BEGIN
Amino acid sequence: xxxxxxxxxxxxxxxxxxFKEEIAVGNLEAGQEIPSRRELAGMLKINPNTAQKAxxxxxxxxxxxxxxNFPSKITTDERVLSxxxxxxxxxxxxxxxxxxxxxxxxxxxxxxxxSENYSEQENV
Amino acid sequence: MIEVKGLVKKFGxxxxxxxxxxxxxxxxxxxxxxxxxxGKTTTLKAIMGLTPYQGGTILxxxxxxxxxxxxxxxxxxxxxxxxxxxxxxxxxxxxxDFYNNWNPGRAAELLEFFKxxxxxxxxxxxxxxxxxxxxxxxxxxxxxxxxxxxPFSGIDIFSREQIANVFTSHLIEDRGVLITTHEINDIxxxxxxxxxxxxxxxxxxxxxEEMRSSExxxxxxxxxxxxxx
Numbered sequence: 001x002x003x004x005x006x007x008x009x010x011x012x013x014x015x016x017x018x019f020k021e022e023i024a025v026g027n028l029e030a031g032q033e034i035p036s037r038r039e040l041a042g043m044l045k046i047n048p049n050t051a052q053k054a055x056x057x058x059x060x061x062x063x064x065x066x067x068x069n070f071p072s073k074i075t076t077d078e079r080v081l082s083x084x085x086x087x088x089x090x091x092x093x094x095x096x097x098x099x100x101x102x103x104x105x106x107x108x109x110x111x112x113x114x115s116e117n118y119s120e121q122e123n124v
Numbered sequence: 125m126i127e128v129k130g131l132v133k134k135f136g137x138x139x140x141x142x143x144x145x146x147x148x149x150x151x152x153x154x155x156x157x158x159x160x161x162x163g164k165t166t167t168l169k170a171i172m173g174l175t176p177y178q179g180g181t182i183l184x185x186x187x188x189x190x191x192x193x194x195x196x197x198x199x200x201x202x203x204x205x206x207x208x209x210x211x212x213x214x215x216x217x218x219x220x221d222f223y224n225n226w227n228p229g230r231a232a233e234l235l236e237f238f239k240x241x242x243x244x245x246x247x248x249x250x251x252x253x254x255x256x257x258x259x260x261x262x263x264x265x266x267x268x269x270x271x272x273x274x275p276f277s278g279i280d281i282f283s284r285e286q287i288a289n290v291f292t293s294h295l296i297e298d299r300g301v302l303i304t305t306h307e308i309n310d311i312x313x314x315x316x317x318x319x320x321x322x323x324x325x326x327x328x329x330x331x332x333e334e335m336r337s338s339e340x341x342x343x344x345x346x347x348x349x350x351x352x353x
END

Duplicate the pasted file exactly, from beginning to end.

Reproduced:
Amino acid sequence: xxxxxxxxxxxxxxxxxxFKEEIAVGNLEAGQEIPSRRELAGMLKINPNTAQKAxxxxxxxxxxxxxxNFPSKITTDERVLSxxxxxxxxxxxxxxxxxxxxxxxxxxxxxxxxSENYSEQENV
Amino acid sequence: MIEVKGLVKKFGxxxxxxxxxxxxxxxxxxxxxxxxxxGKTTTLKAIMGLTPYQGGTILxxxxxxxxxxxxxxxxxxxxxxxxxxxxxxxxxxxxxDFYNNWNPGRAAELLEFFKxxxxxxxxxxxxxxxxxxxxxxxxxxxxxxxxxxxPFSGIDIFSREQIANVFTSHLIEDRGVLITTHEINDIxxxxxxxxxxxxxxxxxxxxxEEMRSSExxxxxxxxxxxxxx
Numbered sequence: 001x002x003x004x005x006x007x008x009x010x011x012x013x014x015x016x017x018x019f020k021e022e023i024a025v026g027n028l029e030a031g032q033e034i035p036s037r038r039e040l041a042g043m044l045k046i047n048p049n050t051a052q053k054a055x056x057x058x059x060x061x062x063x064x065x066x067x068x069n070f071p072s073k074i075t076t077d078e079r080v081l082s083x084x085x086x087x088x089x090x091x092x093x094x095x096x097x098x099x100x101x102x103x104x105x106x107x108x109x110x111x112x113x114x115s116e117n118y119s120e121q122e123n124v
Numbered sequence: 125m126i127e128v129k130g131l132v133k134k135f136g137x138x139x140x141x142x143x144x145x146x147x148x149x150x151x152x153x154x155x156x157x158x159x160x161x162x163g164k165t166t167t168l169k170a171i172m173g174l175t176p177y178q179g180g181t182i183l184x185x186x187x188x189x190x191x192x193x194x195x196x197x198x199x200x201x202x203x204x205x206x207x208x209x210x211x212x213x214x215x216x217x218x219x220x221d222f223y224n225n226w227n228p229g230r231a232a233e234l235l236e237f238f239k240x241x242x243x244x245x246x247x248x249x250x251x252x253x254x255x256x257x258x259x260x261x262x263x264x265x266x267x268x269x270x271x272x273x274x275p276f277s278g279i280d281i282f283s284r285e286q287i288a289n290v291f292t293s294h295l296i297e298d299r300g301v302l303i304t305t306h307e308i309n310d311i312x313x314x315x316x317x318x319x320x321x322x323x324x325x326x327x328x329x330x331x332x333e334e335m336r337s338s339e340x341x342x343x344x345x346x347x348x349x350x351x352x353x